If your friend is going through a crisis, don't advise them everything is going to be all right if it's not going to be. This goes right along with keeping it real. It's hard not to say this sometimes, but false faith can often be worse than none, and it may chip away at your friend's capacity to get through the crisis as well as they might. Instead, tell your friend that whatever they need, you are there for them. If they need to talk, talk; if they need to sit quietly, sit with them; if they need to get their mind off things, take them to a movie or concert. Give them a hug. You are friends, not strangers, after all. Just stay honest, but upbeat and positive. Even a stranger would most probably appreciate it.

Give your friend space. Appreciate if he/she wants to be without help or hang out with other people. Allow it to occur. There's no need to become over possessive or deprived. Allowing one another the time to hang with other friends gives you much-needed breathing room, and allows you to come together fresh and appreciating each other even more.

Don't be selfish. Grabbing, stealing and begging are big NOs in the convention of friendship. The friend will soon get weary of this and eventually more towards more selfless people who are enthusiastic to give what they get.

Never make a pledge you know you can't keep. Good friendship is based on belief - if you break a friend's trust, the friendship may be very hard to recoup. Of course, if you have made a promise and planned to keep it, but situations beyond your power combine to prevent it, let your friend know as soon as you find out. Don't wait until the last minute to call and say, "I'm sorry." Instead, a quick call to say, "Hey, I know I promised to help you with whatever it is, but something unexpected came up and that means I won't be able to make it. I'm so sorry. Can we postpone?" That's just respecting the fact that, given a little notice, your friend might be able to get someone else to help with whatever it was - or not, whatever. But at least you won't be hanging your friend out on the dryers.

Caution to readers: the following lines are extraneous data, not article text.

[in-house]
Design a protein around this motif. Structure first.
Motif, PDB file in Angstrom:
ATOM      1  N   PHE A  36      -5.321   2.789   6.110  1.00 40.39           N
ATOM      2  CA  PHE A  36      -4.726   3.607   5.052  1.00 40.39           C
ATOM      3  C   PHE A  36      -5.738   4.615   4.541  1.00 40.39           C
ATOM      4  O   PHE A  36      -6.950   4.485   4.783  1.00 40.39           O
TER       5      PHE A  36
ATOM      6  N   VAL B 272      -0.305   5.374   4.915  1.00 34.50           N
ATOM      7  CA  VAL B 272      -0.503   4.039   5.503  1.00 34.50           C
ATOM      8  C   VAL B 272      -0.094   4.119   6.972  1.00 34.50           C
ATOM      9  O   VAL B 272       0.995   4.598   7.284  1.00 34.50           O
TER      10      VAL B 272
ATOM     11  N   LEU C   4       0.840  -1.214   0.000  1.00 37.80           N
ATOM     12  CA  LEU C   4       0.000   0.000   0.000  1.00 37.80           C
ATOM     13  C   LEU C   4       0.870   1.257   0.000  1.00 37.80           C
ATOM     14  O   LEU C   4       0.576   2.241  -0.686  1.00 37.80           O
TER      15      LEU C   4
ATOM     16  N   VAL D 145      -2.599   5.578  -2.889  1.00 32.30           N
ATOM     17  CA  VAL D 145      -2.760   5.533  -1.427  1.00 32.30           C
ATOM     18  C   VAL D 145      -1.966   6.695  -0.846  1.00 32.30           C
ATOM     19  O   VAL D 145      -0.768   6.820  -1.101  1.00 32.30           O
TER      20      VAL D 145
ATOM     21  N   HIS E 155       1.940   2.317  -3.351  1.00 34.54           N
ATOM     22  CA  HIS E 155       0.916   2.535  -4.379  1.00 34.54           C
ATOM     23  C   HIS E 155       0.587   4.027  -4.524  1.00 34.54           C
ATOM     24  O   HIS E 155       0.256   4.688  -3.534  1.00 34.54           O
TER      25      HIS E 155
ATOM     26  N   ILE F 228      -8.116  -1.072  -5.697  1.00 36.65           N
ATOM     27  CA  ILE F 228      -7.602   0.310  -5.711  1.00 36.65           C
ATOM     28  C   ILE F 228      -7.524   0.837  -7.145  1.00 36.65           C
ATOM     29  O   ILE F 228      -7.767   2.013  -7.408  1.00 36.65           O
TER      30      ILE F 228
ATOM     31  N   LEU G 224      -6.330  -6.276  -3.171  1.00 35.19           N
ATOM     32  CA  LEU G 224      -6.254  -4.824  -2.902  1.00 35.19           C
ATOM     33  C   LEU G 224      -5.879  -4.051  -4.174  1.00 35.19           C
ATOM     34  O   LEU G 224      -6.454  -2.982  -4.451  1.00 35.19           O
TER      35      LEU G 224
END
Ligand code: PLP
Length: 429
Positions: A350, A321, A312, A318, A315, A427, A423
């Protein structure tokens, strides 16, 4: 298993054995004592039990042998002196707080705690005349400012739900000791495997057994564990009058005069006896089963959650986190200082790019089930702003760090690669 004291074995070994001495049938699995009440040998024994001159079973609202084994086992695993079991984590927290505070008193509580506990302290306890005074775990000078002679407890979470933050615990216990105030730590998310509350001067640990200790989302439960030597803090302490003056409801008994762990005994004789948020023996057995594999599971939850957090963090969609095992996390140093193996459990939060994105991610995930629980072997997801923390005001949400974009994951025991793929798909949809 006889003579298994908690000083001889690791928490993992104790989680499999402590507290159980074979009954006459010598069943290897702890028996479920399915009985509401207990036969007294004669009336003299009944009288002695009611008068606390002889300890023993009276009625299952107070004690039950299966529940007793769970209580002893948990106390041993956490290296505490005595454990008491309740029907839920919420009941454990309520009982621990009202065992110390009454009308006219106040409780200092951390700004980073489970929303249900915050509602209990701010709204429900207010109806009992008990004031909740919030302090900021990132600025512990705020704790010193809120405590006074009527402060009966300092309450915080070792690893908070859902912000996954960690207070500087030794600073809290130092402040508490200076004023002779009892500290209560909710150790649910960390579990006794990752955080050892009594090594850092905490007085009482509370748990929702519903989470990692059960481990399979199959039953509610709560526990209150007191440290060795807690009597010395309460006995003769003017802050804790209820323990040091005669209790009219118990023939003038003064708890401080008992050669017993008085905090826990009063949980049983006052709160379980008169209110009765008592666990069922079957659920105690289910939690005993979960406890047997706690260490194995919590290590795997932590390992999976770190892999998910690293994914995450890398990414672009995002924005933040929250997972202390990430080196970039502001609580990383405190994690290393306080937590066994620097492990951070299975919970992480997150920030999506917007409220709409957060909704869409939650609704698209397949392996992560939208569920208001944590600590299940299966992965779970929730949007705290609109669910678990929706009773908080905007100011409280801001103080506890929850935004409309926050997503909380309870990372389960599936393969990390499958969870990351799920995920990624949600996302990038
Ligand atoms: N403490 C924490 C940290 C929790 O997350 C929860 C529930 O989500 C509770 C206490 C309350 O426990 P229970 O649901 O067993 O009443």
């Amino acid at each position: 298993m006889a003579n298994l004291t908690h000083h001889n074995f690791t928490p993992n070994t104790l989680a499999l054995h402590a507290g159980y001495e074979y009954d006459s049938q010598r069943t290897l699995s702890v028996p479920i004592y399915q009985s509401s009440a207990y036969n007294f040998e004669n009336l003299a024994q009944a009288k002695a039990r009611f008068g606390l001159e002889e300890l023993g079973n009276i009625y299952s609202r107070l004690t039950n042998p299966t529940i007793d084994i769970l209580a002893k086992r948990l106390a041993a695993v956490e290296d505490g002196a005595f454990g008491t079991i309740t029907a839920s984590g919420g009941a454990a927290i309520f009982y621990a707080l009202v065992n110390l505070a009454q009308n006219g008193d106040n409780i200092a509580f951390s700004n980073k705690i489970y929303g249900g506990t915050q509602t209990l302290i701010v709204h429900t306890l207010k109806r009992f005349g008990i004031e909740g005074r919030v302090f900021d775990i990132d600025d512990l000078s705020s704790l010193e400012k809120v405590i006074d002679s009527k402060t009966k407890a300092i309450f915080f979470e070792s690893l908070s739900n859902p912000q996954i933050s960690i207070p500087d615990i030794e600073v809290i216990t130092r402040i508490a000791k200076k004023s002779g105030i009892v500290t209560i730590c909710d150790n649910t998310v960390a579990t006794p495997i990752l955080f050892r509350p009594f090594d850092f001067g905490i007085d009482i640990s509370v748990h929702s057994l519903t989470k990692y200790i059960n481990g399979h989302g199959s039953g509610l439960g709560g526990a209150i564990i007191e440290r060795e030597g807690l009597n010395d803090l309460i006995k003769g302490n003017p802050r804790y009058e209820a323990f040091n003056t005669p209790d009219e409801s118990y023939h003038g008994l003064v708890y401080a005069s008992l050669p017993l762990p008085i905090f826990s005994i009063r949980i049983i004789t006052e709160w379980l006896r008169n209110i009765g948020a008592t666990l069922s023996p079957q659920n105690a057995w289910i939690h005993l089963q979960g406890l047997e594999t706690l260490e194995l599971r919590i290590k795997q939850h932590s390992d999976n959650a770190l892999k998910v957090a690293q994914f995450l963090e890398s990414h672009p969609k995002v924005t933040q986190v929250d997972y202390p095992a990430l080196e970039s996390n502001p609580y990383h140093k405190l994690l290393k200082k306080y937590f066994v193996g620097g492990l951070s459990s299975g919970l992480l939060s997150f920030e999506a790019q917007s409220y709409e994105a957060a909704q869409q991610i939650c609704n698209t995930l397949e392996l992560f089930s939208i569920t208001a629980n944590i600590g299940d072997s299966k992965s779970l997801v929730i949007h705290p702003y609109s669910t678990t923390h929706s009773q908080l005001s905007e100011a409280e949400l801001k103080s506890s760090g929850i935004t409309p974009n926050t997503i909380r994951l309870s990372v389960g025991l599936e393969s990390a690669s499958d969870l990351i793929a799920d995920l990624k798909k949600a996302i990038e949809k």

Listen to them. You don't have to agree with them - just listen to what they have to say. Make sure they are talking too and you are not just running your mouth. Some people don't really find it fascinating listening to someone talk about their thoughts 24/7. If you're monopolizing every dialogue with your feelings, they aren't getting anything out of the friendship. Encourage them to share their hearts with you as often as you share yours with them.

Learn to share. As before, if you have a selfless friend, they will look forward to something back, even if they don't make it apparent. This does not necessarily mean giving them large costly gifts. This can just mean being there for them when they need you.

Don't exploit their bigheartedness or "wear out your welcome" If your friend does something nice for you, then give in return. Money doesn't have to be an issue. Don't make use of your friends! Don't let them pay every time you go out, even if they offer. Don't help yourself to things at their house without asking, unless you are prepared that they do the same at your house. No one wants to be friends with a taker or feel used. If you borrow something from a friend, take good care of it and then return it without being asked. Also, if you end the friendship then you should return any gifts they bought for you, especially if they gave you any gifts under false pretenses. It's proper decorum.

Live by the golden rule. Always take care of a friend as you would want to be treated. If you don't there will be repercussions. Don't do or say anything to them that you wouldn't want done to you. Be there for them through thick and thin as long as they are a TRUE friend to you. Also learn to forgive, and ask for forgiveness. Don’t be a little horror!